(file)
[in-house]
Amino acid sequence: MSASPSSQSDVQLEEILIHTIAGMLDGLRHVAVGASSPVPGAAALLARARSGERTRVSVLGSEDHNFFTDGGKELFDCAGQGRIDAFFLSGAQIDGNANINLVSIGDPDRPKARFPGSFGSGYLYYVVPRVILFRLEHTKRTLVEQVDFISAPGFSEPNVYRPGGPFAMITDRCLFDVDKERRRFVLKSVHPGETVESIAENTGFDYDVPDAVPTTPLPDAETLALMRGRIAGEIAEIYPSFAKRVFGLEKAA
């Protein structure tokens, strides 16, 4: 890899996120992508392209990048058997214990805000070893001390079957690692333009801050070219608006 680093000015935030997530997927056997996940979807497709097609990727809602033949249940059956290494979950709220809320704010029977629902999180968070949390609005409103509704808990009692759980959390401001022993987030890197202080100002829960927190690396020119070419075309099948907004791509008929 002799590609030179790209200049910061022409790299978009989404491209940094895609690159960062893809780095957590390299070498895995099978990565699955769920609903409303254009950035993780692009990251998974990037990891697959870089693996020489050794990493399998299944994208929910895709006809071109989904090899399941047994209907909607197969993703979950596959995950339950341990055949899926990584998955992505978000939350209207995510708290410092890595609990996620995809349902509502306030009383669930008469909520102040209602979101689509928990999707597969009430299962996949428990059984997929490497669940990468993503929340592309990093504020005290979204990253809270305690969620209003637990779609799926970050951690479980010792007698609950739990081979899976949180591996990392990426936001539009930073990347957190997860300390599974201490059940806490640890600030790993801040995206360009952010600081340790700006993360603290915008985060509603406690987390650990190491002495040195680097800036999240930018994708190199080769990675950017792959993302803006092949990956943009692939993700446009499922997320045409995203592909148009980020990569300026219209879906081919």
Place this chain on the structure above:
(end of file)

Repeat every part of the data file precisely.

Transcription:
[in-house]
Amino acid sequence: MSASPSSQSDVQLEEILIHTIAGMLDGLRHVAVGASSPVPGAAALLARARSGERTRVSVLGSEDHNFFTDGGKELFDCAGQGRIDAFFLSGAQIDGNANINLVSIGDPDRPKARFPGSFGSGYLYYVVPRVILFRLEHTKRTLVEQVDFISAPGFSEPNVYRPGGPFAMITDRCLFDVDKERRRFVLKSVHPGETVESIAENTGFDYDVPDAVPTTPLPDAETLALMRGRIAGEIAEIYPSFAKRVFGLEKAA
């Protein structure tokens, strides 16, 4: 890899996120992508392209990048058997214990805000070893001390079957690692333009801050070219608006 680093000015935030997530997927056997996940979807497709097609990727809602033949249940059956290494979950709220809320704010029977629902999180968070949390609005409103509704808990009692759980959390401001022993987030890197202080100002829960927190690396020119070419075309099948907004791509008929 002799590609030179790209200049910061022409790299978009989404491209940094895609690159960062893809780095957590390299070498895995099978990565699955769920609903409303254009950035993780692009990251998974990037990891697959870089693996020489050794990493399998299944994208929910895709006809071109989904090899399941047994209907909607197969993703979950596959995950339950341990055949899926990584998955992505978000939350209207995510708290410092890595609990996620995809349902509502306030009383669930008469909520102040209602979101689509928990999707597969009430299962996949428990059984997929490497669940990468993503929340592309990093504020005290979204990253809270305690969620209003637990779609799926970050951690479980010792007698609950739990081979899976949180591996990392990426936001539009930073990347957190997860300390599974201490059940806490640890600030790993801040995206360009952010600081340790700006993360603290915008985060509603406690987390650990190491002495040195680097800036999240930018994708190199080769990675950017792959993302803006092949990956943009692939993700446009499922997320045409995203592909148009980020990569300026219209879906081919």
Place this chain on the structure above: